It’s true. Everybody poops. It’s also true that 2.6 billion do not have access to clean water or adequate sanitation. In response to that distressing problem, Shayna Cooke’s Biology II students are exploring ways to design an inexpensive, light, and easy-to-use toilet for densely populated regions in India.
Prior to the Skype session, the Bio II students brainstormed potential user groups, researched existing toilet options and developed questions about materials, privacy issues, and cost.
The students talked with Jasmine Burton, founder and president of Wish for WASH, about her experiences and current work with Wish for WASH and the Society for Family Health in Zambia. Burton, a recent Georgia Tech Industrial Design graduate, considers herself a empathic designer, who places emphasis on getting to know a product’s users in order to design for and exceed their needs.
Burton talked about the importance of getting to know one’s users before embarking on design. What’s the point of designing and building something if the product is not going to be used. Burton also discussed how important behavior change and incentivizing that behavior change can be in getting people to accept and use products. The students also considered the different user groups designers need to consider. Not only do designers think about the person using the toilet, but they also ask how they design for the person who may be disposing of the waste and how that disposal affects the population.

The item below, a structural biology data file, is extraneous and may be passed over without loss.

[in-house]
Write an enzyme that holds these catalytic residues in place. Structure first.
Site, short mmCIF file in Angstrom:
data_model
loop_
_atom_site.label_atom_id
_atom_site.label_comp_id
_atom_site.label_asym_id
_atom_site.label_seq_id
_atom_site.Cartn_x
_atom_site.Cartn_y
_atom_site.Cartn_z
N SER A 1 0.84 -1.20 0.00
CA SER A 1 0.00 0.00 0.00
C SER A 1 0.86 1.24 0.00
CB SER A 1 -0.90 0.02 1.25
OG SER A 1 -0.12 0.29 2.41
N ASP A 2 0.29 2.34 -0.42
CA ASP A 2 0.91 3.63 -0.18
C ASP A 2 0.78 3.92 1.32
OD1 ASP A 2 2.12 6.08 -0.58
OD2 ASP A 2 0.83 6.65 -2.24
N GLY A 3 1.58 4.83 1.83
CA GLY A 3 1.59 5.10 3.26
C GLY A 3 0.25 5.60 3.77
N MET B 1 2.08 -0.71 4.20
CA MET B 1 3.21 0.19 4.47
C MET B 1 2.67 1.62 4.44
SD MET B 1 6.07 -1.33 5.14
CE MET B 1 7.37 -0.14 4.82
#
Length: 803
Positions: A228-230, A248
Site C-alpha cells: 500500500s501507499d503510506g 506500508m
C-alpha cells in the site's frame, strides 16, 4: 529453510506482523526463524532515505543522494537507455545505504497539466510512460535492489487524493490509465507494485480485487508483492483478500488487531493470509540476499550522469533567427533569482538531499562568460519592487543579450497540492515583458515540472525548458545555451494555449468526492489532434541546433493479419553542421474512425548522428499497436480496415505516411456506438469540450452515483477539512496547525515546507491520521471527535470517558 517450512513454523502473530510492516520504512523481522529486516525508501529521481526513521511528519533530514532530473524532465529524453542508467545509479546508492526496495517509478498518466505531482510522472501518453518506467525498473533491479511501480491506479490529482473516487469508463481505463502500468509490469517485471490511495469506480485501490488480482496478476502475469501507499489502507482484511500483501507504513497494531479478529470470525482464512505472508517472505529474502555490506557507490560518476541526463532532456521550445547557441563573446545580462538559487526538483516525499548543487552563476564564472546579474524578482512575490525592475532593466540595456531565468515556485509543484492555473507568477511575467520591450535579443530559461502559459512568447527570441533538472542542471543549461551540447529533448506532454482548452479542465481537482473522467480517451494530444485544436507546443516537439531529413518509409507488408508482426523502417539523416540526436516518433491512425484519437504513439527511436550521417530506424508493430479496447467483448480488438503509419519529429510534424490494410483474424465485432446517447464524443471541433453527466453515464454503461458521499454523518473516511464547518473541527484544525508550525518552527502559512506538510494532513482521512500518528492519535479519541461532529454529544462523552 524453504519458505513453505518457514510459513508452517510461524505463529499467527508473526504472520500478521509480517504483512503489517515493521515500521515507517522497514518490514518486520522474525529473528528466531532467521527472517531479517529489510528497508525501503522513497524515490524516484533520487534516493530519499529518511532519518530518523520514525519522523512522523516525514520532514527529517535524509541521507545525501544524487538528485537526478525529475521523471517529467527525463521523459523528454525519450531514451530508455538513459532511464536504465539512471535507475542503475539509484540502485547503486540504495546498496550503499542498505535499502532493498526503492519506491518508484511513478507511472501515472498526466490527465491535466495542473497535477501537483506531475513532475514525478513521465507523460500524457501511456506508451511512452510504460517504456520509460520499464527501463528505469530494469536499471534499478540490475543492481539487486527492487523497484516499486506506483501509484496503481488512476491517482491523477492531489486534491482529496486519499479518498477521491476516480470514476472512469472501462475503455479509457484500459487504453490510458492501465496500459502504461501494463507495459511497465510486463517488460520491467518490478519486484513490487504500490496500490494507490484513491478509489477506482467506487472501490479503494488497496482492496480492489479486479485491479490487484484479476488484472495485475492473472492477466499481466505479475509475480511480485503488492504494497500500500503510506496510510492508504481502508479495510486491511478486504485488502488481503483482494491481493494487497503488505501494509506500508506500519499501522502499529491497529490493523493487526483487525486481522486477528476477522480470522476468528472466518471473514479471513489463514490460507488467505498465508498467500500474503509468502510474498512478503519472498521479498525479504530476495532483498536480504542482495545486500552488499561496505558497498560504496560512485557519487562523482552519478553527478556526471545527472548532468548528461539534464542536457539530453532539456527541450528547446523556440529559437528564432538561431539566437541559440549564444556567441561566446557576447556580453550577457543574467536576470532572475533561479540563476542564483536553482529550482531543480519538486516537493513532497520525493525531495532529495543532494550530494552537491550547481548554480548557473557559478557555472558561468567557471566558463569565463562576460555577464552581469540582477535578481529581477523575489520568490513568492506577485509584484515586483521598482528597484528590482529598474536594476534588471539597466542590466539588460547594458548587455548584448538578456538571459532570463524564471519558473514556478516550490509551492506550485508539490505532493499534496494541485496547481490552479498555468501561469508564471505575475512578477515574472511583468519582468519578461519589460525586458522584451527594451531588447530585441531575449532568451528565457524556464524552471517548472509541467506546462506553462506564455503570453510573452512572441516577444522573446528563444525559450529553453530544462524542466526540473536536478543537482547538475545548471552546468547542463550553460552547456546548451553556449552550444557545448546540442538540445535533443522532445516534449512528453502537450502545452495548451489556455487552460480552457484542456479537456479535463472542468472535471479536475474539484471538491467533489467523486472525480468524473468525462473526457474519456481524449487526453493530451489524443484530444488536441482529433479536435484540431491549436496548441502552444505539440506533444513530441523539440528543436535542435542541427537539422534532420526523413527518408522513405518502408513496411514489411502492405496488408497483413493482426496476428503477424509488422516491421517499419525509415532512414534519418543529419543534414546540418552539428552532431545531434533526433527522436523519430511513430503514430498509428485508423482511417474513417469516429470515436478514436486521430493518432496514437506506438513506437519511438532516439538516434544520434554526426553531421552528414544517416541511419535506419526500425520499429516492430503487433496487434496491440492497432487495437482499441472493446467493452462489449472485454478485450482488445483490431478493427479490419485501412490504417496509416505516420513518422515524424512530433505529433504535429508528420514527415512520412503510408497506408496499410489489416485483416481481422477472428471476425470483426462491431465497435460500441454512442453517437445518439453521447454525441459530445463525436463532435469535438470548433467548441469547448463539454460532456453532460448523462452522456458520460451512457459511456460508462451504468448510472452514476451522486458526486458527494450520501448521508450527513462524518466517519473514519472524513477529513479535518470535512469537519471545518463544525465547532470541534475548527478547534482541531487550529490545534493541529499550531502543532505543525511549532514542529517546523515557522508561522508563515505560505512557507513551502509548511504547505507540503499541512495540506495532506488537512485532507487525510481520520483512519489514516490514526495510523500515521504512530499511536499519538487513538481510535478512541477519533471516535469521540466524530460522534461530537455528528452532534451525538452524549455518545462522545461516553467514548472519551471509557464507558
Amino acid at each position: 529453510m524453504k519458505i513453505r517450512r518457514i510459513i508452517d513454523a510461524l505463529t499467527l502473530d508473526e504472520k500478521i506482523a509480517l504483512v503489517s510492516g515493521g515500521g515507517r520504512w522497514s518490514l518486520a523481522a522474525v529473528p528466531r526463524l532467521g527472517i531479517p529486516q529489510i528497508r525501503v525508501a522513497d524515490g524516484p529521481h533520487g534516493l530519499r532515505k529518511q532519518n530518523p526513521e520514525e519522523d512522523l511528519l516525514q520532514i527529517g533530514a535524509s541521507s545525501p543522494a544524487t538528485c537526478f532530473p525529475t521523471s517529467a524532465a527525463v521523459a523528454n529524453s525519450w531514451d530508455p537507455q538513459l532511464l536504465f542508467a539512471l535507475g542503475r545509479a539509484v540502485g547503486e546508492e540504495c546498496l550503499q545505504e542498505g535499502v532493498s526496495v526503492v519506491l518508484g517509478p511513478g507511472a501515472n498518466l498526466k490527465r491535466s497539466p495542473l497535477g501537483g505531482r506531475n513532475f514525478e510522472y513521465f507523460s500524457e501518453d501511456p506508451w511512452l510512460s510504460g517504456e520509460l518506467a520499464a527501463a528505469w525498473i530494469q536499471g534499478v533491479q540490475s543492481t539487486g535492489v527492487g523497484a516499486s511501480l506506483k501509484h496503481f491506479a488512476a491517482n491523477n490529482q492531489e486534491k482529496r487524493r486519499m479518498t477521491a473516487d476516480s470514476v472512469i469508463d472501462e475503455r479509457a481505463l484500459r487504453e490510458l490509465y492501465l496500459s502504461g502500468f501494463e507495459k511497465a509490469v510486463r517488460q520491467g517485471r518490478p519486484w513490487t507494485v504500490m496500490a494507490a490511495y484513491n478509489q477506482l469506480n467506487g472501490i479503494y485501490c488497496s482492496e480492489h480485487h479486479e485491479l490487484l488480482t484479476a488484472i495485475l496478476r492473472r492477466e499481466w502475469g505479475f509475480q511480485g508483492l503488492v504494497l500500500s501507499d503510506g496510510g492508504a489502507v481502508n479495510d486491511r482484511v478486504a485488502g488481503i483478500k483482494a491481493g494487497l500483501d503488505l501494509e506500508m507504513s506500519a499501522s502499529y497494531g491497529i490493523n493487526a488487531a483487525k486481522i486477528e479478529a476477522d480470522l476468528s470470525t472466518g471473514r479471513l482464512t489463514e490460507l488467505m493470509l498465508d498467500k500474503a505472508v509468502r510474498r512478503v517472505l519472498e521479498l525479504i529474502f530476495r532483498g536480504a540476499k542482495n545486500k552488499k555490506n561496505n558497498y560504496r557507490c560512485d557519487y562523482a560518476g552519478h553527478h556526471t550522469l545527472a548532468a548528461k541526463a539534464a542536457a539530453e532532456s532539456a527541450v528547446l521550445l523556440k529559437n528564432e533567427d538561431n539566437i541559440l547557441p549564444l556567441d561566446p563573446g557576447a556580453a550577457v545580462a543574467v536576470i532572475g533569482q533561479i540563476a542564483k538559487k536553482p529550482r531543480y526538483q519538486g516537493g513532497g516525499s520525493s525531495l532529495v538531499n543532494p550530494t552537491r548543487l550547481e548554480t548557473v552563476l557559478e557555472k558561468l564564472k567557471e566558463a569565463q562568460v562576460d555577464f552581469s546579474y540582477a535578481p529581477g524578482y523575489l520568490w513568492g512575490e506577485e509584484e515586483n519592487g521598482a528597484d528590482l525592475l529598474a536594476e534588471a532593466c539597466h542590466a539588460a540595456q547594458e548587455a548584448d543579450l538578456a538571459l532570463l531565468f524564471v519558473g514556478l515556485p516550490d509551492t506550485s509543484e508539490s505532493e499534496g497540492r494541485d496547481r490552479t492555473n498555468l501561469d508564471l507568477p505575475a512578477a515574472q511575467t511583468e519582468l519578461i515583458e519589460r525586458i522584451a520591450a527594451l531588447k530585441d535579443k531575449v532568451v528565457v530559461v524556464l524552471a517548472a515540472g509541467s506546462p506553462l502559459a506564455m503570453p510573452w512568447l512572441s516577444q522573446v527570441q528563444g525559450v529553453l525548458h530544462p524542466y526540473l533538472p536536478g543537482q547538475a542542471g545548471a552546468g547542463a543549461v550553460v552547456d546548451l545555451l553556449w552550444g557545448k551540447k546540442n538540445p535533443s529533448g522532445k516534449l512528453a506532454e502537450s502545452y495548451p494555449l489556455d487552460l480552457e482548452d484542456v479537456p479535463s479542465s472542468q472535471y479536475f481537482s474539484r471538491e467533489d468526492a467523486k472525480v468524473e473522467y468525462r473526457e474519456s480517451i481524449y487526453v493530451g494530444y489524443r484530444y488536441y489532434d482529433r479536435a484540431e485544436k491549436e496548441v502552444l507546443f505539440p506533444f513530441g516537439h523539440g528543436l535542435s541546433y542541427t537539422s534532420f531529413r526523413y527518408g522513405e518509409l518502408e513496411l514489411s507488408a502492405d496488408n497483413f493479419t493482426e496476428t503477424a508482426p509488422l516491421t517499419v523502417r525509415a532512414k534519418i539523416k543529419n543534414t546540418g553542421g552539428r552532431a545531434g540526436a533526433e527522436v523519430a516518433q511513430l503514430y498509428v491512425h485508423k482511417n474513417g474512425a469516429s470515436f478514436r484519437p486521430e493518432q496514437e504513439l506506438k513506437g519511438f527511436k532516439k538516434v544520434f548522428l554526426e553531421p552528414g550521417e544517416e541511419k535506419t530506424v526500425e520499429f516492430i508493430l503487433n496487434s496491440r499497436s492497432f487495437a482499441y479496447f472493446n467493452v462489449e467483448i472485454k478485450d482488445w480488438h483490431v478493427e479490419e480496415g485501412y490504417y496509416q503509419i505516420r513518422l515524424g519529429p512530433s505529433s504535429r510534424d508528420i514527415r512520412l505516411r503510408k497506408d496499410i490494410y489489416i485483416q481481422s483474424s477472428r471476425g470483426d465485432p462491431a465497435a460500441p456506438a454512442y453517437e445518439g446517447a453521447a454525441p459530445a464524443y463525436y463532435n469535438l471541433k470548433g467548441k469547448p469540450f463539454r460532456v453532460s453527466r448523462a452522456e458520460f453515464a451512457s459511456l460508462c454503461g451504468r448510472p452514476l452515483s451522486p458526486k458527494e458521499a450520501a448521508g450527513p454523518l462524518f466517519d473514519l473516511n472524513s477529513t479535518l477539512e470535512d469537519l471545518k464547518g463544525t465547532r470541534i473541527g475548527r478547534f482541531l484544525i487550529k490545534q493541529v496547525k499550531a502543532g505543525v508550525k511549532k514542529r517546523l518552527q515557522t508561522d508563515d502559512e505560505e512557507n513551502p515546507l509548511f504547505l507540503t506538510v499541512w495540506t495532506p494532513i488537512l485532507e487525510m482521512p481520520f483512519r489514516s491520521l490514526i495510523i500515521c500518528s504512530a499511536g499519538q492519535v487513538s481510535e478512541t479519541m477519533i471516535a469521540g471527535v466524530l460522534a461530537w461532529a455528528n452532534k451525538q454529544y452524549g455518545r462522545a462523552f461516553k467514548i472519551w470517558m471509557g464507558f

Based on their research and the information they gained from their talk with Burton, the Bio II students will now design a prototype of a toilet. They plan to talk with Burton again once their prototype is finished. Burton cheered on the students’ desire to build a prototype by saying that research and ideas are awesome, but making something and bringing something into the world matters. The testing of a physical thing matters and can result in so much knowledge.